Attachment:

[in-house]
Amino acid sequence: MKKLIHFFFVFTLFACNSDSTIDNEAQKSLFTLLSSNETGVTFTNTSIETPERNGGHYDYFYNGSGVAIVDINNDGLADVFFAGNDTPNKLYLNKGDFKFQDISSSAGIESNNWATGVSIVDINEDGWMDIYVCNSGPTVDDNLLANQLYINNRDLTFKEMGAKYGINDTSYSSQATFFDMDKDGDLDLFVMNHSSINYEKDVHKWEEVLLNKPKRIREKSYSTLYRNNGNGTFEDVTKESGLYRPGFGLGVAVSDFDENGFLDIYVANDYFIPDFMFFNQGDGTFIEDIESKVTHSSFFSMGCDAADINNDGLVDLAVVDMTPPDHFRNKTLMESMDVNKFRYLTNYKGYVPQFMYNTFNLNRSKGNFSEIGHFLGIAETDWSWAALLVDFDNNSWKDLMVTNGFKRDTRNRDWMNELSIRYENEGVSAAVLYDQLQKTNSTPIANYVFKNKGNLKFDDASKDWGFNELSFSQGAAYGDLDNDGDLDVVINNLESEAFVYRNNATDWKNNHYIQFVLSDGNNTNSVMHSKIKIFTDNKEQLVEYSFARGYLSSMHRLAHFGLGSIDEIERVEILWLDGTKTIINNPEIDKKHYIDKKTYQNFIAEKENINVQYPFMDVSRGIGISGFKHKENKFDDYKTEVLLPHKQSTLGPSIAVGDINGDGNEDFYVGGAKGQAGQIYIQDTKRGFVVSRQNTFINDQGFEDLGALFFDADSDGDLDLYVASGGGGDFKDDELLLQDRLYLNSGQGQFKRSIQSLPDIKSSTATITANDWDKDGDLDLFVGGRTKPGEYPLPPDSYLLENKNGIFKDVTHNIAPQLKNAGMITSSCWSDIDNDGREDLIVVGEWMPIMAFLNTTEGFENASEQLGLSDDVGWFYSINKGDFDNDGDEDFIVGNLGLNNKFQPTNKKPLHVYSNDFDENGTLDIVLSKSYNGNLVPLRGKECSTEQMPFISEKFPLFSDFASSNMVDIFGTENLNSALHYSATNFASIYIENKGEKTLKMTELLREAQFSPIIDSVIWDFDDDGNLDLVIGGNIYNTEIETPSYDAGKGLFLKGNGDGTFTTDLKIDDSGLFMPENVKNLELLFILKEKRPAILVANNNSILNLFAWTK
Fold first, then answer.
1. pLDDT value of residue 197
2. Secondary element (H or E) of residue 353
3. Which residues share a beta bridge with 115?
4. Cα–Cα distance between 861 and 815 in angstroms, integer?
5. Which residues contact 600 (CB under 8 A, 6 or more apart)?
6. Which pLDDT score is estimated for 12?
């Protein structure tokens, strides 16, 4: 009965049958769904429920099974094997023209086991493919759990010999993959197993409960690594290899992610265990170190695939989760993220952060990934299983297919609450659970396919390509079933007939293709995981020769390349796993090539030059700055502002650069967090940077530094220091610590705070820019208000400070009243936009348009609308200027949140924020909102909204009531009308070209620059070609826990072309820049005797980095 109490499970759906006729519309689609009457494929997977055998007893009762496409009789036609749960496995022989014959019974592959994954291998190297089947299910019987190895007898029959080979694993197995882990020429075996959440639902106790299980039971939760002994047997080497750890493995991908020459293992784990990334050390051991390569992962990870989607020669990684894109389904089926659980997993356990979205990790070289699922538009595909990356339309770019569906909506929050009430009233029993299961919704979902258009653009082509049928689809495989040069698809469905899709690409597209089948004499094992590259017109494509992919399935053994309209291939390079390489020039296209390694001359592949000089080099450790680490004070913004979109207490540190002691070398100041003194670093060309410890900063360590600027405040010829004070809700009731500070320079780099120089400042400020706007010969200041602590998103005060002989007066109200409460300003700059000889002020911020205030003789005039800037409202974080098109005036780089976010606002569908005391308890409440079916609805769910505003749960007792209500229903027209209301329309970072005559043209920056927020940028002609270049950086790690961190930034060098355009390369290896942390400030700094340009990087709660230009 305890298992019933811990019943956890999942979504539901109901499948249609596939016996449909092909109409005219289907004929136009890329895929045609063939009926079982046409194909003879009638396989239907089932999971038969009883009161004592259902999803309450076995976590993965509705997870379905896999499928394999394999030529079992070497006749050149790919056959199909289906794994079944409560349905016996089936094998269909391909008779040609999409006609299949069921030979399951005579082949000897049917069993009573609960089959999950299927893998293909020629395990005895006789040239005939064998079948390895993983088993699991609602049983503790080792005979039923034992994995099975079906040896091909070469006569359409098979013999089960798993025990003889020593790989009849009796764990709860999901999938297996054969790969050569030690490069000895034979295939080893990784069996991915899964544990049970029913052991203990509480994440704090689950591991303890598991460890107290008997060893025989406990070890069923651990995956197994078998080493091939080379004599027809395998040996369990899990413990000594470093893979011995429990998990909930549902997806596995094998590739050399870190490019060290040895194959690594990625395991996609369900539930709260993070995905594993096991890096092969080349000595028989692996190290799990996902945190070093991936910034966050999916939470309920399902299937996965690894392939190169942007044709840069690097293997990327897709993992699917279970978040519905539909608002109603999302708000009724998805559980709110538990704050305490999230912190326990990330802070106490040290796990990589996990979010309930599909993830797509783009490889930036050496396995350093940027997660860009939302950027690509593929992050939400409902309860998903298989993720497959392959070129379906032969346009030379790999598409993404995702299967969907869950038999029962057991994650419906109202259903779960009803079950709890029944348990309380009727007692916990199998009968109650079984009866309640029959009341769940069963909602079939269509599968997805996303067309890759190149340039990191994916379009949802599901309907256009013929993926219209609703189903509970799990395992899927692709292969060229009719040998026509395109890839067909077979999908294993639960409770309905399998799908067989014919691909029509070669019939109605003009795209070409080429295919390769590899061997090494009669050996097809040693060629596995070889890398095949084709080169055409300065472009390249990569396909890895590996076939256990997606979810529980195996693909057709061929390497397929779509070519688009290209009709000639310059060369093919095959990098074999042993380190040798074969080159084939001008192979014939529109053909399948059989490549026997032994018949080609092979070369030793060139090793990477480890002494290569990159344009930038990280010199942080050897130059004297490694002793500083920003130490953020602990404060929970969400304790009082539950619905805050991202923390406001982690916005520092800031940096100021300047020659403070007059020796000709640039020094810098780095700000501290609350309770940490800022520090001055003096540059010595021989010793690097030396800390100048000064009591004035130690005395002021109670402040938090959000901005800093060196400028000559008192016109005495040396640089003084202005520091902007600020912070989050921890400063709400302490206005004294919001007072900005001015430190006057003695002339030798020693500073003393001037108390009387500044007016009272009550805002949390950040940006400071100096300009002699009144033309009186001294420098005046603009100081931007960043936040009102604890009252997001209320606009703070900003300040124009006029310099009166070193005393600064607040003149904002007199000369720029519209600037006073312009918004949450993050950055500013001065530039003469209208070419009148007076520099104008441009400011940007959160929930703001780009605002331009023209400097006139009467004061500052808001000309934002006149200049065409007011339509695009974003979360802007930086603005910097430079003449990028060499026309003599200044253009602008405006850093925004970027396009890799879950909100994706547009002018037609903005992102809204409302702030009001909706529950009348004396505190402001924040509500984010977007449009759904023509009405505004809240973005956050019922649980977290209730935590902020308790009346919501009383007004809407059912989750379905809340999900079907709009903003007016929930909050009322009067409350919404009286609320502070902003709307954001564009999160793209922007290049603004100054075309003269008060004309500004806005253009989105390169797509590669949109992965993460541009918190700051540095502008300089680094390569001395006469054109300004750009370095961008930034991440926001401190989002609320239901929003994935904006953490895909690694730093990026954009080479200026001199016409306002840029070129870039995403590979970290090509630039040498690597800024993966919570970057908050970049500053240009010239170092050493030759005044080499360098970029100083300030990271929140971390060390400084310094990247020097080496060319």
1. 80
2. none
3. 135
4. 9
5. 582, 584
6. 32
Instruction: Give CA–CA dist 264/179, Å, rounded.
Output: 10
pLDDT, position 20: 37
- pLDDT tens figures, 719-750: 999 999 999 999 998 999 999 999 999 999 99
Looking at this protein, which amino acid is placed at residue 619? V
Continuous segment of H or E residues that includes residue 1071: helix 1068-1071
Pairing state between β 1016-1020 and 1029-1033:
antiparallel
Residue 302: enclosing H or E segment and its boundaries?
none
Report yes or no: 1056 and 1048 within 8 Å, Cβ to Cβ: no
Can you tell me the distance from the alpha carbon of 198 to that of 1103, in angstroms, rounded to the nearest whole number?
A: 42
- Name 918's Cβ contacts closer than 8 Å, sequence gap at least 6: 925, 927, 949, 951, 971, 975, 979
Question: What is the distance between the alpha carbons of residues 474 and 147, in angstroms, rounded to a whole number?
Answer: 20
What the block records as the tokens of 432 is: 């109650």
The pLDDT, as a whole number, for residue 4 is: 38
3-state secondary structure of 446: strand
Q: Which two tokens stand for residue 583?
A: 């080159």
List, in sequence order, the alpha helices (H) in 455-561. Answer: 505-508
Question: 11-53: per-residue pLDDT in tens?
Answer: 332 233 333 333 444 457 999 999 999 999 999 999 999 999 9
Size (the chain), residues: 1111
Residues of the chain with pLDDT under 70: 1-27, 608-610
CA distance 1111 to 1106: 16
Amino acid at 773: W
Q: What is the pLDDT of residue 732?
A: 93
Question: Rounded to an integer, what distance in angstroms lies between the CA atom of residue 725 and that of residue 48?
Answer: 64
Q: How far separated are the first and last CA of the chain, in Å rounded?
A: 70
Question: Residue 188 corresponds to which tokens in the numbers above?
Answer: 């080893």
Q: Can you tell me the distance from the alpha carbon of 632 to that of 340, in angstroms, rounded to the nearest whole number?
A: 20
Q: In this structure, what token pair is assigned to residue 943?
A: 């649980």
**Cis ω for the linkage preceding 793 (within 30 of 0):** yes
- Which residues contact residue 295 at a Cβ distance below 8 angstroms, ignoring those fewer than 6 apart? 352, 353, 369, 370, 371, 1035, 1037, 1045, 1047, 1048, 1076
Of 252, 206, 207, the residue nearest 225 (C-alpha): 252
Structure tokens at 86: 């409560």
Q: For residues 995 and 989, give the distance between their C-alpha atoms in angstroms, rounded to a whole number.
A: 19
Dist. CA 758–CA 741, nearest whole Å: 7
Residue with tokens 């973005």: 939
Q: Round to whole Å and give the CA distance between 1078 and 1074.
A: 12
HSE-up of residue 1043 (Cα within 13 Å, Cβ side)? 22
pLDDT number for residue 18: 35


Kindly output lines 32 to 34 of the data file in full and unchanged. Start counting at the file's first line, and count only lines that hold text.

Answer: 20
What the block records as the tokens of 432 is: 């109650």
The pLDDT, as a whole number, for residue 4 is: 38